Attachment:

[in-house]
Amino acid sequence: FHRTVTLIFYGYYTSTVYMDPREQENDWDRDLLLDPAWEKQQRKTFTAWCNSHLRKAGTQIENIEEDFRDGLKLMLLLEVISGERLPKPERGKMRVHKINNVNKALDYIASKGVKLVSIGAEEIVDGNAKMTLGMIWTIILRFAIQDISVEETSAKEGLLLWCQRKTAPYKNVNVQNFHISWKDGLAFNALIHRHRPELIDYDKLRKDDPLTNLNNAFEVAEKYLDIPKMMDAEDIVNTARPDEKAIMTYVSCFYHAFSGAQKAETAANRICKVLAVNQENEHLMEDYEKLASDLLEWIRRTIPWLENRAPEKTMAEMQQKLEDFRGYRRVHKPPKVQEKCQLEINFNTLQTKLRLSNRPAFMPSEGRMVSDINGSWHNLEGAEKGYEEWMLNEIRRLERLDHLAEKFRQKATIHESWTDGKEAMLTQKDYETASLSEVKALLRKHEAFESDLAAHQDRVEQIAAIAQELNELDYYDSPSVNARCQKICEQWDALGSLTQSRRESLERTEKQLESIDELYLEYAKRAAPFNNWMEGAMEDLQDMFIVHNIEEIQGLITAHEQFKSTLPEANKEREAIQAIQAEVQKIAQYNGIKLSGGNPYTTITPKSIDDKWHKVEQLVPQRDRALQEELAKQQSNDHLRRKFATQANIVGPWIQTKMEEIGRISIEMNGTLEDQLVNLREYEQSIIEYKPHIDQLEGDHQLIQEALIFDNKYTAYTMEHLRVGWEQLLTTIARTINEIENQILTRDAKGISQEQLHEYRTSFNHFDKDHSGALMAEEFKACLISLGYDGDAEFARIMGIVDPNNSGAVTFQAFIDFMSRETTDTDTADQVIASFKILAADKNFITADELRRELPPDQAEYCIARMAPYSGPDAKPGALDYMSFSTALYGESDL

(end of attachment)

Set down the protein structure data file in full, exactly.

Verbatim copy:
[in-house]
Amino acid sequence: FHRTVTLIFYGYYTSTVYMDPREQENDWDRDLLLDPAWEKQQRKTFTAWCNSHLRKAGTQIENIEEDFRDGLKLMLLLEVISGERLPKPERGKMRVHKINNVNKALDYIASKGVKLVSIGAEEIVDGNAKMTLGMIWTIILRFAIQDISVEETSAKEGLLLWCQRKTAPYKNVNVQNFHISWKDGLAFNALIHRHRPELIDYDKLRKDDPLTNLNNAFEVAEKYLDIPKMMDAEDIVNTARPDEKAIMTYVSCFYHAFSGAQKAETAANRICKVLAVNQENEHLMEDYEKLASDLLEWIRRTIPWLENRAPEKTMAEMQQKLEDFRGYRRVHKPPKVQEKCQLEINFNTLQTKLRLSNRPAFMPSEGRMVSDINGSWHNLEGAEKGYEEWMLNEIRRLERLDHLAEKFRQKATIHESWTDGKEAMLTQKDYETASLSEVKALLRKHEAFESDLAAHQDRVEQIAAIAQELNELDYYDSPSVNARCQKICEQWDALGSLTQSRRESLERTEKQLESIDELYLEYAKRAAPFNNWMEGAMEDLQDMFIVHNIEEIQGLITAHEQFKSTLPEANKEREAIQAIQAEVQKIAQYNGIKLSGGNPYTTITPKSIDDKWHKVEQLVPQRDRALQEELAKQQSNDHLRRKFATQANIVGPWIQTKMEEIGRISIEMNGTLEDQLVNLREYEQSIIEYKPHIDQLEGDHQLIQEALIFDNKYTAYTMEHLRVGWEQLLTTIARTINEIENQILTRDAKGISQEQLHEYRTSFNHFDKDHSGALMAEEFKACLISLGYDGDAEFARIMGIVDPNNSGAVTFQAFIDFMSRETTDTDTADQVIASFKILAADKNFITADELRRELPPDQAEYCIARMAPYSGPDAKPGALDYMSFSTALYGESDL